A review of scientific evidence on breastfeeding out today found that some long-held advice is worth ditching, including that babies should avoid pacifiers and moms should breastfeed exclusively in the first days after birth.
Individual interventions to help expectant and new moms breastfeed are still recommended, but systematic or hospital-wide policies tend to show little benefit, said the report by the US Preventive Services Task Force (USPSTF), an independent panel of experts.
The benefits of breastfeeding include providing optimal nutrition and an immune system boost for babies, while helping mothers bond with infants and speeding maternal weight loss after birth.
“There is convincing evidence that breastfeeding provides substantial health benefits for children and adequate evidence that breastfeeding provides moderate health benefits for women,” said the report in the Journal of the American Medical Association (JAMA).
“However, nearly half of all mothers in the United States who initially breastfeed stop doing so by six months.”
The American Academy of Pediatrics urges women to breastfeed for at least the first year if possible, while the World Health Organization recommends up to two years of age or beyond.
Just 22 percent of US babies are breastfed exclusively for six months, even though 80 percent were breastfed at some point in their young lives, suggesting that women face challenges in continuing to breastfeed.
Although the process is natural, getting started can be complicated, and babies often need help learning how to latch on and feed.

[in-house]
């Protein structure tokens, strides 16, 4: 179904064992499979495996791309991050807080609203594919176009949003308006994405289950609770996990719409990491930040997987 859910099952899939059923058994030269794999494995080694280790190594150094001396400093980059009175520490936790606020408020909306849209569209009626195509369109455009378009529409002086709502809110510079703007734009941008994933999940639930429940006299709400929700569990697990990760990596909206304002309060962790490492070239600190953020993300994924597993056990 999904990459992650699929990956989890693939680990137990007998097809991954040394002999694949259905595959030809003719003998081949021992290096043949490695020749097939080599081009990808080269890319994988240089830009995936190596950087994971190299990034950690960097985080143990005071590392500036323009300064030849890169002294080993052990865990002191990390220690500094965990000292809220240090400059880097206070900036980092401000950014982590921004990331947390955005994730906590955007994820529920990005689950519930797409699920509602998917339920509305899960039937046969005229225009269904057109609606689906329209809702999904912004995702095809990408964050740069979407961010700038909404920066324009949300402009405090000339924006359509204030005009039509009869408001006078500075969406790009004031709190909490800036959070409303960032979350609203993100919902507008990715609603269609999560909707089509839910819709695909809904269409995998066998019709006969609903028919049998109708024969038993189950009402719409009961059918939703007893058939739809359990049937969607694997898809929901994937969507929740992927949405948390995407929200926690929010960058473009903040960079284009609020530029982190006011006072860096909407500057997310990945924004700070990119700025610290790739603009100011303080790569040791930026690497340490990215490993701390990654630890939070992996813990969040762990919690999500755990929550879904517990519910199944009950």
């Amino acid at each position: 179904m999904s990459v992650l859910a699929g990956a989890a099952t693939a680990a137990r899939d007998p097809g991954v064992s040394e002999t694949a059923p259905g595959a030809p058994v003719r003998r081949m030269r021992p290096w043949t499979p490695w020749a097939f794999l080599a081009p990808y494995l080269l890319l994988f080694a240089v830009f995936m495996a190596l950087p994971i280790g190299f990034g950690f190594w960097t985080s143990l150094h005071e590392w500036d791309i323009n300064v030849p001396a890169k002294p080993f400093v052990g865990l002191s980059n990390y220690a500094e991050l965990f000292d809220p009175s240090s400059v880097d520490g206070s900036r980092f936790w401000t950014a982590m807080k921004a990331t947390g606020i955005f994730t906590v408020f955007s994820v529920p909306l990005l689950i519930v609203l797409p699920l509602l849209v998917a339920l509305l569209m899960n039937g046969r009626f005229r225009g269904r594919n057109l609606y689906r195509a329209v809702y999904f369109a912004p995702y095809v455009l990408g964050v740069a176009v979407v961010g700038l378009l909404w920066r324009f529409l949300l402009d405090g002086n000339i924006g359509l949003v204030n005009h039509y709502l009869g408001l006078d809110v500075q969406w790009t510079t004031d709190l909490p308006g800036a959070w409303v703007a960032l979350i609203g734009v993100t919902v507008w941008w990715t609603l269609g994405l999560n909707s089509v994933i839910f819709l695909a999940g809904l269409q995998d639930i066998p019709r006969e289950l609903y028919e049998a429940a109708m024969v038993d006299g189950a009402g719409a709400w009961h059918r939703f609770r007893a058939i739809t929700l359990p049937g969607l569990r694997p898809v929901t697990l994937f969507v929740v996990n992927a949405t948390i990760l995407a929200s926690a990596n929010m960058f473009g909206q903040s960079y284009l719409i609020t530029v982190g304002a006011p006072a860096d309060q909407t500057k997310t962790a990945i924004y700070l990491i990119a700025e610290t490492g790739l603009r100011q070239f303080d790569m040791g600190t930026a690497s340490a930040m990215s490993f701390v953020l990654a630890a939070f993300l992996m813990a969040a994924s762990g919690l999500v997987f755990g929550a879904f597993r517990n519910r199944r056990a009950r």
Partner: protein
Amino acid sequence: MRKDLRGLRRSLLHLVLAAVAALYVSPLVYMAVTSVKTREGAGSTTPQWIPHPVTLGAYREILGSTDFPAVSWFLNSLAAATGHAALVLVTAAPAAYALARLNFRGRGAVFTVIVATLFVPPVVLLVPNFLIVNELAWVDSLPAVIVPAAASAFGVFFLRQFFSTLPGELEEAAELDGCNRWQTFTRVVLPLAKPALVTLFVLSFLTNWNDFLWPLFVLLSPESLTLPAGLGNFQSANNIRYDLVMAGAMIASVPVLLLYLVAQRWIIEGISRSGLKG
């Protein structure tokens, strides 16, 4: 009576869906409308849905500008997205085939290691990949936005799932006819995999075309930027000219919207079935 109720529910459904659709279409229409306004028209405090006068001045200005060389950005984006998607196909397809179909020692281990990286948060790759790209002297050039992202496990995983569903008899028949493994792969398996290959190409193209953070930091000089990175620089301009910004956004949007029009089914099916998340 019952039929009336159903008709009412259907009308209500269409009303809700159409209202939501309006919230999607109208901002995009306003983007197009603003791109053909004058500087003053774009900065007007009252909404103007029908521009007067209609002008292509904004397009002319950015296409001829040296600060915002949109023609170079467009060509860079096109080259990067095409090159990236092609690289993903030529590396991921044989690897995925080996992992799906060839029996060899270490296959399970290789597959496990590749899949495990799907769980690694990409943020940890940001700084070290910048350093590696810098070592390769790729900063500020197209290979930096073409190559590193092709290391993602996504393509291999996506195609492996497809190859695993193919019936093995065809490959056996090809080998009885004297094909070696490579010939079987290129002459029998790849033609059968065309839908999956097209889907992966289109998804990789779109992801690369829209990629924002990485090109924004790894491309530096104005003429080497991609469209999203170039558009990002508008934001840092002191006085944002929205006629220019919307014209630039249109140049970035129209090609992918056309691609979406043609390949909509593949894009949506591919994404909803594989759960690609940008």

For some mothers, the demands of returning to work can make breastfeeding impossible. Others may be physically unable, or may prefer the convenience of formula.
To update its 2008 recommendations, which also urged breastfeeding support for women, the task force reviewed evidence from dozens of studies, both new and old, on the effectiveness of various kinds of interventions on whether women took up breastfeeding, and how long they continued.
They found that the most effective interventions were one-on-one assistance provided by trained personnel, particularly when delivered at multiple points in time.
Hospital policies designed to encourage breastfeeding by implementing a series of pre-determined steps did not show any significant effect on improving breastfeeding.
Some of the policies in place even have the potential to be harmful, an accompanying editorial in JAMA by doctors Valerie Flaherman and Isabelle Von Kohorn warned.